HSBC goes public with facts on ex-employee

Here is what HSBC, which spoke publicly about him for the first time 11 March, says about Falciani:

Hervé Falciani

  • A trusted employee who for many years had been with the Group in the IT department and, as a result, had access to a large amount of data in the course of his normal professional activities, as did a handful of other staff members who did not steal data
  • Worked at the end of 2006 as a technical analyst on a data migration involving client records, and, according to our findings, took the opportunity of this specific data migration to transfer records onto personal devices
  • Obvious intention of theft and malicious intent: according to information published in the press, he tried in spring 2008 to sell the files originally to several banks in Lebanon and, it seems, to various authorities; he transferred them onto his private computer; he fled to France from questioning by the Swiss prosecutor; he has since tried to invent a fantastic story about kidnapping and secret services to cover up his actions
  • Has tried to position himself as a whistleblower within the organisation, but we have no record of his reporting or suggesting anything to his supervisor.


  • It is unclear how HF managed to physically steal the data
  • Since 2006, the bank has been constantly upgrading its systems and has dedicated a large proportion of the IT budget to improving our systems and security
  • The determinant factor in this affair is the human one: IT is not the real issue, and data theft is becoming an ever-more serious preoccupation within the industry.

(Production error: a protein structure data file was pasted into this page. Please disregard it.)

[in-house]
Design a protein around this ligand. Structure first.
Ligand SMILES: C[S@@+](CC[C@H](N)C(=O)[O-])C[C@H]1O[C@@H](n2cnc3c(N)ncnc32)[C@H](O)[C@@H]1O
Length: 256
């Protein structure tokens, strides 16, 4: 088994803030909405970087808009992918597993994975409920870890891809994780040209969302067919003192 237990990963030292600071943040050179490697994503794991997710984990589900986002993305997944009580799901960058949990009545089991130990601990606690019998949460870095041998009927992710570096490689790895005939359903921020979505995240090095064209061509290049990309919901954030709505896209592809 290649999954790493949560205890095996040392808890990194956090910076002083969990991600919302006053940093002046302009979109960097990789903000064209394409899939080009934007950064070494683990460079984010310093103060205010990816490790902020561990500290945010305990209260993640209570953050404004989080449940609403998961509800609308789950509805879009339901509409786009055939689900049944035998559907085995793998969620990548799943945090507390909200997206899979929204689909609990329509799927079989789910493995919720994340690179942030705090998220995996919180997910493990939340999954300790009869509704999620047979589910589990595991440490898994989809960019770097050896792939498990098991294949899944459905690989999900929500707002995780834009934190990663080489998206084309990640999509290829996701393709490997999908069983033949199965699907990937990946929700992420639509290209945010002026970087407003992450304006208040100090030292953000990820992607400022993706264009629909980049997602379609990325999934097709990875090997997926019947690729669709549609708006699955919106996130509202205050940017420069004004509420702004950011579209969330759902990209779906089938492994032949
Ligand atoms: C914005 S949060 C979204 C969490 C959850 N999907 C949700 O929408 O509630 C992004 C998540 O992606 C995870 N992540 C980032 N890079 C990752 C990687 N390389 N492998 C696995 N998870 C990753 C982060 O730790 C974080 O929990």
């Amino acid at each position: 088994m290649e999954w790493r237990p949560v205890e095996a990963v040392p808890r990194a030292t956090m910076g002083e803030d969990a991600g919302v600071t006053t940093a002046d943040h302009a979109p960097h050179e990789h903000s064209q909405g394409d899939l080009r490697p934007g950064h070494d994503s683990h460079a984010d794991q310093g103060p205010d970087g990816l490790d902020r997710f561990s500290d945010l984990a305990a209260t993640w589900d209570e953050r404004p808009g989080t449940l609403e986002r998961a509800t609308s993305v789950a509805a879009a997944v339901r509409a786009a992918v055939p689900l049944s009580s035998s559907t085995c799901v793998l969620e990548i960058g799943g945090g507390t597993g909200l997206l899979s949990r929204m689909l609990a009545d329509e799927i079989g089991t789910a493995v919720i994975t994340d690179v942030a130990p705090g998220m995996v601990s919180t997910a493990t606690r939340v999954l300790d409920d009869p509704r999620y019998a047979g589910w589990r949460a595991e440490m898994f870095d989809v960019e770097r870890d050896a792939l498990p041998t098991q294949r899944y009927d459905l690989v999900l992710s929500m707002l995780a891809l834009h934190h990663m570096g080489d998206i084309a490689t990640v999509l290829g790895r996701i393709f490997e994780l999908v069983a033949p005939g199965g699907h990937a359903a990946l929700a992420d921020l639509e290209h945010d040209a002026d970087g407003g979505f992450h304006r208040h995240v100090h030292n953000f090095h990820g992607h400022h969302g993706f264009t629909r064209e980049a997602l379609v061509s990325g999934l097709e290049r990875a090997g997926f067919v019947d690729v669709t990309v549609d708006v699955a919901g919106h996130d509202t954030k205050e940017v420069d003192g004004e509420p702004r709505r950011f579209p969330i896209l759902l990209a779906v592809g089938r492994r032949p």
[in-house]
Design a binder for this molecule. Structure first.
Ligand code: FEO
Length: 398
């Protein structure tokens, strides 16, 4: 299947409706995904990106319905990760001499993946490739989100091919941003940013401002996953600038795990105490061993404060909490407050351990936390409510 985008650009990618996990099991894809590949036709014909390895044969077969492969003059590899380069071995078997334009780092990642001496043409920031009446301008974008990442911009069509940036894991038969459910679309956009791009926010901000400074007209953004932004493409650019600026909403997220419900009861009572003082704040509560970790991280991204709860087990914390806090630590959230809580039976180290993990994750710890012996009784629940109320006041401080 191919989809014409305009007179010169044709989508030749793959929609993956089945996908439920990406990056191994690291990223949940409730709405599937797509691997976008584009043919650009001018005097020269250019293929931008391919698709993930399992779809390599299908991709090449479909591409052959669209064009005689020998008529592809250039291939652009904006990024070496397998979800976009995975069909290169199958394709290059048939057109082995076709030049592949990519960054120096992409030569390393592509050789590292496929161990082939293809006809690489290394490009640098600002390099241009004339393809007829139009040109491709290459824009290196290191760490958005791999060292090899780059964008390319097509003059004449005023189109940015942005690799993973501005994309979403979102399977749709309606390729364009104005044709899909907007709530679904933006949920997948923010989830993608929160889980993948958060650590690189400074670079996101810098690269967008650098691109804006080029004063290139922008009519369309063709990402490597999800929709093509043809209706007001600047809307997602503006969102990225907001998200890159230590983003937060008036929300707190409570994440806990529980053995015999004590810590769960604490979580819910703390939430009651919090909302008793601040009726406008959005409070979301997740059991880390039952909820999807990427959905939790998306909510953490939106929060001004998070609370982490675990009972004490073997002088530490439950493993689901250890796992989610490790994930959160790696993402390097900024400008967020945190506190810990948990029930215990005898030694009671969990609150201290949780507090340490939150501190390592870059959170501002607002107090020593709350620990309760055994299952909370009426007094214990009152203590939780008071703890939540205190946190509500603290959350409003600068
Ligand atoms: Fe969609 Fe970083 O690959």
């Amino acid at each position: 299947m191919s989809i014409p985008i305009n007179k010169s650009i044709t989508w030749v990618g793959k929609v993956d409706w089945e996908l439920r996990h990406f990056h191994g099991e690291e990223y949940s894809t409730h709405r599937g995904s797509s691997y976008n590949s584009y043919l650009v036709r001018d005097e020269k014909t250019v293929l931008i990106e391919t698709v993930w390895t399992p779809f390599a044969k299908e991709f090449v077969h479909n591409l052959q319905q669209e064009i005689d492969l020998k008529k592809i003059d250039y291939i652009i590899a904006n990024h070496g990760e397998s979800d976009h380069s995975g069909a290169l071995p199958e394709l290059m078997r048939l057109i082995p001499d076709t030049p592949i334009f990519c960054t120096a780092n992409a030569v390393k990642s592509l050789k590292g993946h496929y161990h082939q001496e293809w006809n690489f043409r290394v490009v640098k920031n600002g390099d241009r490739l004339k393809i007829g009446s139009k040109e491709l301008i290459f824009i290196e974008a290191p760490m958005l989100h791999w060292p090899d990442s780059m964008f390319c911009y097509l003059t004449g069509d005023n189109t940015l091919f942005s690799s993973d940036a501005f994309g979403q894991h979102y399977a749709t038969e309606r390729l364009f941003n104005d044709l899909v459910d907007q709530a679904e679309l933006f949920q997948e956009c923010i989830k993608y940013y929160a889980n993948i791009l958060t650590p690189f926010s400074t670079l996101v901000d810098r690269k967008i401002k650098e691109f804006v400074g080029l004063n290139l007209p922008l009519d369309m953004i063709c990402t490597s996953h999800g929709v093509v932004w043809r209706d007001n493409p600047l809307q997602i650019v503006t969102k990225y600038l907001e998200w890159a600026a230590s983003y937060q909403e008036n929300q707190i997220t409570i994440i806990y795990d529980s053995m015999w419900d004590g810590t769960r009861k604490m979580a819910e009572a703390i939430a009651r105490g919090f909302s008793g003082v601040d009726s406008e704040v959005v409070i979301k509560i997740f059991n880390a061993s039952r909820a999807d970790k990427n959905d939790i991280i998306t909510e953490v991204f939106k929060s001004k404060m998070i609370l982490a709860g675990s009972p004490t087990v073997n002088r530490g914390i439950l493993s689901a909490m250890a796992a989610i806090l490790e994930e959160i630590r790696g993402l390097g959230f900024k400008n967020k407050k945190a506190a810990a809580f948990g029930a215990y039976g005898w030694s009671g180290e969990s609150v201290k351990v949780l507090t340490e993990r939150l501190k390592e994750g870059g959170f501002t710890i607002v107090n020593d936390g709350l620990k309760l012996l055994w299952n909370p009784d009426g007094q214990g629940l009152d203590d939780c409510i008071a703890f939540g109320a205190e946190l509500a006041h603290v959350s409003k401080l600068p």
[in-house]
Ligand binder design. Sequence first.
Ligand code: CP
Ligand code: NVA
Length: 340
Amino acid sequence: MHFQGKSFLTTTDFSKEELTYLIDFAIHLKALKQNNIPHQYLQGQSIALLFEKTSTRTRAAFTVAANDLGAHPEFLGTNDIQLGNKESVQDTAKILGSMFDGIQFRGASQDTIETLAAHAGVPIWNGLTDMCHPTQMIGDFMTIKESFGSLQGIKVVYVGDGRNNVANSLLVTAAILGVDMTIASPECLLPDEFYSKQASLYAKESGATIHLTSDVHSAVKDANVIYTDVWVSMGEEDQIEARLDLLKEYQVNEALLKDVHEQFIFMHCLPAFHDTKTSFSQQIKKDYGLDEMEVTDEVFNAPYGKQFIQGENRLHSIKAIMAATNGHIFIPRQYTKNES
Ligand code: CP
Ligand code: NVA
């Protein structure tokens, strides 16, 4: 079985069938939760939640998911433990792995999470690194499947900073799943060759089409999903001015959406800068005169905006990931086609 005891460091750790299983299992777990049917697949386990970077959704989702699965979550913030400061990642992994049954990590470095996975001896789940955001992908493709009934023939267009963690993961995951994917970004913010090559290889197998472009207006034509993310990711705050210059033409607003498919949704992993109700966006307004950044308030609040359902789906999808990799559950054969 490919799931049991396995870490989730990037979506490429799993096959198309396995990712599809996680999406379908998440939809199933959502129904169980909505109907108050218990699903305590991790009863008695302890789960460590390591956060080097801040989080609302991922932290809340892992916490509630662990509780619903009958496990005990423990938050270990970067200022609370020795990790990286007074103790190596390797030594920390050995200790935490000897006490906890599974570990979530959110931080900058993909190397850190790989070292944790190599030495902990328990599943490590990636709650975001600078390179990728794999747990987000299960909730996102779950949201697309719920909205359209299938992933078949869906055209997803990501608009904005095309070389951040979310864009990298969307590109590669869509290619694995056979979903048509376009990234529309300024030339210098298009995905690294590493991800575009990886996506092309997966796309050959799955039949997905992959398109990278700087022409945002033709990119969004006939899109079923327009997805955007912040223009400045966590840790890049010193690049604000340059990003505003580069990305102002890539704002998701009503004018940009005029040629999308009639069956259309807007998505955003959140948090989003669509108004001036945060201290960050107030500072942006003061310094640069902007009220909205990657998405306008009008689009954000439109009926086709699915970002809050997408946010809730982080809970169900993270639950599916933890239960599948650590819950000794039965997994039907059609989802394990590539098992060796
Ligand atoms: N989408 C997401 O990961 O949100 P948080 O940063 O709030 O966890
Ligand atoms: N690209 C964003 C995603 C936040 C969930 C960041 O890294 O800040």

Legal proceedings

  • A criminal investigation was initiated by the Swiss Federal Prosecutor in summer 2008, following an attempt to sell the data to Lebanese banks. The name of HF will be linked to this attempt for the first time on 22 December 2008
  • The bank files a charge against HF for suspicion of misuse of economic intelligence, extraction of confidential data, violation of commercial confidentiality and violation of banking secrecy and other offences committed to the detriment of the bank but also of the Swiss Confederation (présomption de service de renseignements économiques, de soustraction de données, de violation du secret commercial et de violation du secret bancaire)
  • The affair is still under investigation by the Swiss Federal Prosecutor and the bank refrains from commenting on any legal issues linked to this case.

Ed. note: in Switzerland Falciani is generally referred to by his initials, HF, the norm for people involved in court cases because of Swiss privacy laws, although if the figure is clearly a public figure the name is sometimes mentioned. In France and on the Internet his name and that of the woman Le Monde refers to as his mistress, have been widely published. Falciani, who now has a new name, has gone on television in France to talk about the crime.